Our Illustrator Of The Week is Martin Baines. You can find Martin’s latest illustration accompanying the story “Just A Boy”, in our March 7 issue.
You have illustrated for the “Friend” for a number of years. Has your artwork style changed during that time?
When I first started, I did my illustrations traditionally using markers; then I moved to drawing and painting on the computer.
I now produce work combining photos with Photoshop and Corel Painter.
Who have been the biggest influences in your life?
The biggest influence on my work was my time working for an advertising storyboard company called Helicopter.
I was taught how to draw, and to use Photoshop. It was brilliant experience learning from artists who were the best in the business, and who taught me so much about life in general.
They also taught me to adapt and to be open to new approaches that the client might want.
Have you always wanted to be an illustrator? Could you see yourself doing anything else in the future?
I also work in a secondary school helping students with poor behaviour and low attendance.
Quite a different role, but it gives me a different outlet. If I am honest, illustration is my chief love.
Your speculative illustrations (those submitted without having received a brief) are often used in the magazine. Do you find spec artwork a challenge, or does it offer more leeway as regards creativity?
When I am not busy, or if I am told the magazine is running low on certain subjects, I will do spec illustrations.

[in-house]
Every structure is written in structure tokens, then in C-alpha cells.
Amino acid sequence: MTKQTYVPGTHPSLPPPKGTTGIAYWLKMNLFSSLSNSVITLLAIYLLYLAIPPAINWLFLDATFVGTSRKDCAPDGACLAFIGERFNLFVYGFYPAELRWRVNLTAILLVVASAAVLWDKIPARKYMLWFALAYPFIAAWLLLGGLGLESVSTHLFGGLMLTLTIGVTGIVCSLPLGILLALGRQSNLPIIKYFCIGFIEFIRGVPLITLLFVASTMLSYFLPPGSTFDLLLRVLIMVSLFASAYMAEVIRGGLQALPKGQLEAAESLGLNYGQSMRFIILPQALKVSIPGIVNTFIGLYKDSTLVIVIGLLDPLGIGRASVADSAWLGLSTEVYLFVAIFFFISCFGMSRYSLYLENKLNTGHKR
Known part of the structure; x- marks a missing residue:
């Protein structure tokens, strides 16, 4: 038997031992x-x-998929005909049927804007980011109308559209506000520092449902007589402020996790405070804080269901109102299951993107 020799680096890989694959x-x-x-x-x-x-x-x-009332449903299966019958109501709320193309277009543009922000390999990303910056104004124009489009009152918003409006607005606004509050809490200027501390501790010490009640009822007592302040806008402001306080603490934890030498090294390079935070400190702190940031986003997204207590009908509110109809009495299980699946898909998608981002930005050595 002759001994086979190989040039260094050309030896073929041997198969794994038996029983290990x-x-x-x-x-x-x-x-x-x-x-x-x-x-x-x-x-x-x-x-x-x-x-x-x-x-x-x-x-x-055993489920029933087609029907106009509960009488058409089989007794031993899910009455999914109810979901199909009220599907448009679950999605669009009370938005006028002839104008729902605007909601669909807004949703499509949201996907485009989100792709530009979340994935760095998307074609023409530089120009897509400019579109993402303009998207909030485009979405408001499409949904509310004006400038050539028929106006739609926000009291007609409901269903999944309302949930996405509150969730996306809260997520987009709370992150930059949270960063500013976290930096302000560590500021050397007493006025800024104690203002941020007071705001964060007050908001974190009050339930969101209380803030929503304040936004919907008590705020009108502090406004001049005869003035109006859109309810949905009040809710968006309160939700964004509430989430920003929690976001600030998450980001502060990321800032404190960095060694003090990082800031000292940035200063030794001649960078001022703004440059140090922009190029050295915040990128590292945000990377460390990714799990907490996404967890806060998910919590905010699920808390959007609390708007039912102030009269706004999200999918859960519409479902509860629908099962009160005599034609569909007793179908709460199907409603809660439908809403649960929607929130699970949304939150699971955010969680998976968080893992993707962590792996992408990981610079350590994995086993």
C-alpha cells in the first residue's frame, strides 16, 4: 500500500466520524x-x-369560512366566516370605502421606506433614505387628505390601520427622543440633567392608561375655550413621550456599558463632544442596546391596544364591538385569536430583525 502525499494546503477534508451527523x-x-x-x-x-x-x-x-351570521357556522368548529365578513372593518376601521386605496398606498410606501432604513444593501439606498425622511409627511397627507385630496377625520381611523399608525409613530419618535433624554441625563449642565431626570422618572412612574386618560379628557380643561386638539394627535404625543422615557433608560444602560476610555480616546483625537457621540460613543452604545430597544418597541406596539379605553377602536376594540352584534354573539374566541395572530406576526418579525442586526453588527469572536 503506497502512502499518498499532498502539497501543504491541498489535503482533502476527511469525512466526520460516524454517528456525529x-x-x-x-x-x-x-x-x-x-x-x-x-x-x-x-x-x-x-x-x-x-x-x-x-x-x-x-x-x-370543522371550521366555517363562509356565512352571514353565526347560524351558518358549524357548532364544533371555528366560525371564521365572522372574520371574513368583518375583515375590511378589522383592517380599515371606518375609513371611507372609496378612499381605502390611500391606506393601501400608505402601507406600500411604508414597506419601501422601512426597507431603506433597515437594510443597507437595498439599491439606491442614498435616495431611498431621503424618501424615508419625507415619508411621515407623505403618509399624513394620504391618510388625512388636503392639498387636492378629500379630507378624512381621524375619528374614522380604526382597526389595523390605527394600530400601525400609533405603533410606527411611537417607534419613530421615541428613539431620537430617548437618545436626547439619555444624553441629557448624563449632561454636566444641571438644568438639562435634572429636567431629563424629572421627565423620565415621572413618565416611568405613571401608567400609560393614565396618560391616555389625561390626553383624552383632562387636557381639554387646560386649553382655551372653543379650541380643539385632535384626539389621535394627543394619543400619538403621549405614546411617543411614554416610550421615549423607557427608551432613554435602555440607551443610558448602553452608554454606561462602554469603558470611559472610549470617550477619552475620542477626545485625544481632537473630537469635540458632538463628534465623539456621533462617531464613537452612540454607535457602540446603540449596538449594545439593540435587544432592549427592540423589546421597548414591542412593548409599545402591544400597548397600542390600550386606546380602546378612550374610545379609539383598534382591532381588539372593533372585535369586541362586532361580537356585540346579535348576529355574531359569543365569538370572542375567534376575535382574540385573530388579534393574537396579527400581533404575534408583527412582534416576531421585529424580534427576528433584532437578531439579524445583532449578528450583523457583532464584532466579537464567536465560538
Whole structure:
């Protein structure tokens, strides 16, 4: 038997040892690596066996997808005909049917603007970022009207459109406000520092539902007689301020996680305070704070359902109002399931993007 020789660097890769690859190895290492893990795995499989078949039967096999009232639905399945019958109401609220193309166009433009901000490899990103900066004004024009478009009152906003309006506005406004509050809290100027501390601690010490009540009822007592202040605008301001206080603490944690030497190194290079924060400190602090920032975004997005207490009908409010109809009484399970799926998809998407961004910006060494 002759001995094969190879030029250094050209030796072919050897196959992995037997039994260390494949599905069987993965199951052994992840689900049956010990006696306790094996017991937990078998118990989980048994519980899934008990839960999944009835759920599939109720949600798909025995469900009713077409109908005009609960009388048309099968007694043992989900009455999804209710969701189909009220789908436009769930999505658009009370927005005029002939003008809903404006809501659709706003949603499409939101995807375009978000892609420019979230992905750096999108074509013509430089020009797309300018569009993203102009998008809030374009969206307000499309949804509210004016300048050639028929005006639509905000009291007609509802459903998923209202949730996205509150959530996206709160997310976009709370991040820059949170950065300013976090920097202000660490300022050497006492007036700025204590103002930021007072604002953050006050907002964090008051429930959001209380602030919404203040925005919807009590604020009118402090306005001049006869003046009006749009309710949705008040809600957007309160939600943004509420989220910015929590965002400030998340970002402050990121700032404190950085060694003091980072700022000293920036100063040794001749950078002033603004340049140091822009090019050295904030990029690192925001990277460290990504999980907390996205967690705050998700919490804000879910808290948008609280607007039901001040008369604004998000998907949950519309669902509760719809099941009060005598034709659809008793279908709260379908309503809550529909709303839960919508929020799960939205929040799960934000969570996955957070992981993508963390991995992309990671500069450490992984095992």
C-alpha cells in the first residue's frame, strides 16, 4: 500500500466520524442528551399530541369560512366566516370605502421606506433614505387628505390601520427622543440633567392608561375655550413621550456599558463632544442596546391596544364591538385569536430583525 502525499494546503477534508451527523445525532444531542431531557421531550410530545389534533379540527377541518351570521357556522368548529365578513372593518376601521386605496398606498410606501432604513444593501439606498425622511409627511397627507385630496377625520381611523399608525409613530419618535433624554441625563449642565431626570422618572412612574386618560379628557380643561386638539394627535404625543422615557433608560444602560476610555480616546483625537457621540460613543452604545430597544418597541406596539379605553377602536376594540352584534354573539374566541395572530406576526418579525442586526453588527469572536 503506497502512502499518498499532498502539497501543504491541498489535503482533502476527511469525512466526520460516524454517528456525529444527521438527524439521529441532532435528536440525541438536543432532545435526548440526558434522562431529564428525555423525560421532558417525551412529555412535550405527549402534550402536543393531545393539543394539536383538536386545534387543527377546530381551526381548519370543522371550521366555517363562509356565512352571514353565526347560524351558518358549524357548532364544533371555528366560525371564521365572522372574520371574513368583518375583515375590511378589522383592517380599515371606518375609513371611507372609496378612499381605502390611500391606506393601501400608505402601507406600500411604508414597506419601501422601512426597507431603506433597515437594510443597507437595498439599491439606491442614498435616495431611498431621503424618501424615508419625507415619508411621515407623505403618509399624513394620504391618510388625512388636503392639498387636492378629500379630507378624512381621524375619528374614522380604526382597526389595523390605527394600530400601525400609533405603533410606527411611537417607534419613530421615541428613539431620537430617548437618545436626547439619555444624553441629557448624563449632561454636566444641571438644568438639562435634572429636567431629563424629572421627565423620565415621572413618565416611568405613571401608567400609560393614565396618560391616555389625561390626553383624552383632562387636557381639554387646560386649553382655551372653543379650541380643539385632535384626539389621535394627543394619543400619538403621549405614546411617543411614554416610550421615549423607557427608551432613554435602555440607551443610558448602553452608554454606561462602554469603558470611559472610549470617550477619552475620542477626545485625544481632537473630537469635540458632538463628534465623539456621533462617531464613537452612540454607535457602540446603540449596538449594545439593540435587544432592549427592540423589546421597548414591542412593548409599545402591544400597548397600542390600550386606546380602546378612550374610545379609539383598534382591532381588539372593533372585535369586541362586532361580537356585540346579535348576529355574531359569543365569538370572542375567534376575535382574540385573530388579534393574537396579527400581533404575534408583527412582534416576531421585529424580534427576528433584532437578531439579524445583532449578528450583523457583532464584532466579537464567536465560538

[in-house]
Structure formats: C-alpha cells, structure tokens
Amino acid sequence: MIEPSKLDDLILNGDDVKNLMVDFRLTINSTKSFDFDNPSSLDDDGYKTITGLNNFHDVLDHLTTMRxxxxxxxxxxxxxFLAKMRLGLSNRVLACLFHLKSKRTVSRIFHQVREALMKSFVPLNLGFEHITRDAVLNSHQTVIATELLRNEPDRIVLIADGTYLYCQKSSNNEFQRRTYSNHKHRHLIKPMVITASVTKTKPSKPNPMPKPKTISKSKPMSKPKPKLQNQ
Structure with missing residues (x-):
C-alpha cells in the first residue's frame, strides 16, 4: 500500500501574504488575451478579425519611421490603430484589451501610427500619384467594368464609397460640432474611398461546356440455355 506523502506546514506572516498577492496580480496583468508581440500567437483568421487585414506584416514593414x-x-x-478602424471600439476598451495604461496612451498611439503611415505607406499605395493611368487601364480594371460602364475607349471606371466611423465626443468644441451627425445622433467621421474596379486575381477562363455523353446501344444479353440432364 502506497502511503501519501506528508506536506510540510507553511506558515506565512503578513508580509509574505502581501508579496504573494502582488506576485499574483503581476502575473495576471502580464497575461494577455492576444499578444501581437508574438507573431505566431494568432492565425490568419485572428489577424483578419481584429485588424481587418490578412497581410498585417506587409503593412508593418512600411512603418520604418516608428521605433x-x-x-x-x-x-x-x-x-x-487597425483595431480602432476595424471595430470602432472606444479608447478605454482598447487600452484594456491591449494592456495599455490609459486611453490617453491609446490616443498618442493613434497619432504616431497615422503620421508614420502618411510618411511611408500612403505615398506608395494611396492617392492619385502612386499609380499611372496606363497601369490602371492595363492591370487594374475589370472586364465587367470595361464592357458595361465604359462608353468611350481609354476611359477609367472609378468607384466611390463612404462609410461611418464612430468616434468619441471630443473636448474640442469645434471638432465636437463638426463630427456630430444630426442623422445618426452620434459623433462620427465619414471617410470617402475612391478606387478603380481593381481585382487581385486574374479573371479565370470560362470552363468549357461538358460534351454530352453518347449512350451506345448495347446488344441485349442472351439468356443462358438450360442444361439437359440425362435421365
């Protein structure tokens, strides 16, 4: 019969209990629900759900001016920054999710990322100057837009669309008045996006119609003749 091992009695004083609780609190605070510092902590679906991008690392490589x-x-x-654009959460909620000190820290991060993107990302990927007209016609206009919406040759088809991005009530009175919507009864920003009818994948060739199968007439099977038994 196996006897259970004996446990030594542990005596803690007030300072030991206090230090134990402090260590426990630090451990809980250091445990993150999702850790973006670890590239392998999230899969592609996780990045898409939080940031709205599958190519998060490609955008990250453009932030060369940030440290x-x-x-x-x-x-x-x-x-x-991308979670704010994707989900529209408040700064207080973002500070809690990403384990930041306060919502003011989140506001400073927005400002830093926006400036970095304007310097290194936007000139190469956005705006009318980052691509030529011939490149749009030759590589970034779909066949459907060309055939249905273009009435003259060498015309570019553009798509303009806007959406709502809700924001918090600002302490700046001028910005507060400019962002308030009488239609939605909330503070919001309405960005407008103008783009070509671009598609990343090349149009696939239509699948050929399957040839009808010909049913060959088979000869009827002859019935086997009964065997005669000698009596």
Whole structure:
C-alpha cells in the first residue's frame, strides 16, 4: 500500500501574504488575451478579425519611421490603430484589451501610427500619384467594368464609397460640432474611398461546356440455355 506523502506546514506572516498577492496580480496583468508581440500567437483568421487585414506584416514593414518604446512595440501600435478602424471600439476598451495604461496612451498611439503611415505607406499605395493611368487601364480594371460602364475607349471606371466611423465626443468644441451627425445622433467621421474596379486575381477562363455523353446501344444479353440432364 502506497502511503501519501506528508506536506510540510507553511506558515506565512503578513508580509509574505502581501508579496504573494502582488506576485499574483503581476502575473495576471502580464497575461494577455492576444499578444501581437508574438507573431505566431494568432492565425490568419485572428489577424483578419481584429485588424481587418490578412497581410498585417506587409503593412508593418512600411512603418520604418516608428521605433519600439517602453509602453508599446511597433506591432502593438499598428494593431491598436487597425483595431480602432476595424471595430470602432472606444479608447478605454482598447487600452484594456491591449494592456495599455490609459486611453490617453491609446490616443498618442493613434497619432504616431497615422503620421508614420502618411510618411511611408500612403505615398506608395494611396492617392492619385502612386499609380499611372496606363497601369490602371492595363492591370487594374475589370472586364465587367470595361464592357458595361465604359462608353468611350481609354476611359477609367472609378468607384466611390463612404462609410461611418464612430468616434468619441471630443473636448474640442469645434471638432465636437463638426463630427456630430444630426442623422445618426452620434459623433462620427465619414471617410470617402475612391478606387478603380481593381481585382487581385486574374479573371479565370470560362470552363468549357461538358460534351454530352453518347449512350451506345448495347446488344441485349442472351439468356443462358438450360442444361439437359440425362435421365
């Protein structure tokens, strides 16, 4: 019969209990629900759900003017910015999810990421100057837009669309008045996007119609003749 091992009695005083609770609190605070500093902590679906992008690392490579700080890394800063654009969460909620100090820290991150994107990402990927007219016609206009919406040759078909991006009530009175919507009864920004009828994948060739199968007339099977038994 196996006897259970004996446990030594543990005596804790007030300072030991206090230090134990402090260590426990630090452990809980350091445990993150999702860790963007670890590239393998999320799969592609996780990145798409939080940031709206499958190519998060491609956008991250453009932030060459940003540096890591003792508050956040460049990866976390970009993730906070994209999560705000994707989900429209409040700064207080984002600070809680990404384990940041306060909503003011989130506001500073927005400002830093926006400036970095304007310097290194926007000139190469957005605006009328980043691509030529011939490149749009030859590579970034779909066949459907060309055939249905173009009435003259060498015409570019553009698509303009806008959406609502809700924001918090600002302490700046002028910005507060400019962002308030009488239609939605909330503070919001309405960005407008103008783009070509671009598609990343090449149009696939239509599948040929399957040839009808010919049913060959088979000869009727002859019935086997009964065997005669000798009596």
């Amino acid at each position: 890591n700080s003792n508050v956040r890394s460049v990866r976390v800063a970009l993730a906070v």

For that reason, I am always thinking what will sell and, to a degree, I simplify the subject matter to make the image work for a range of stories.
If I knew the image would be used to inspire a story, I’d illustrate something more specific.
Commissions offer plenty scope for creativity, though. I like the illustration for “Just A boy” because I was encouraged by Manon to create something different, and went to town with the Sixties patterns.
It took a few attempts, but it was great working with her to get this right.
Apart from working on “The People’s Friend”, what other types of illustrative work do you do?
I am known mostly in advertising storyboards, where none of the work I do gets seen.
I am currently about to start some children’s book illustrations.
I personally love variety and change my style quite often.
P.S., What’s your one top tip for an aspiring Illustrator Of The Week?
Be adaptable and never give up.
For more from our Illustrator Of The Week series, click the tag below.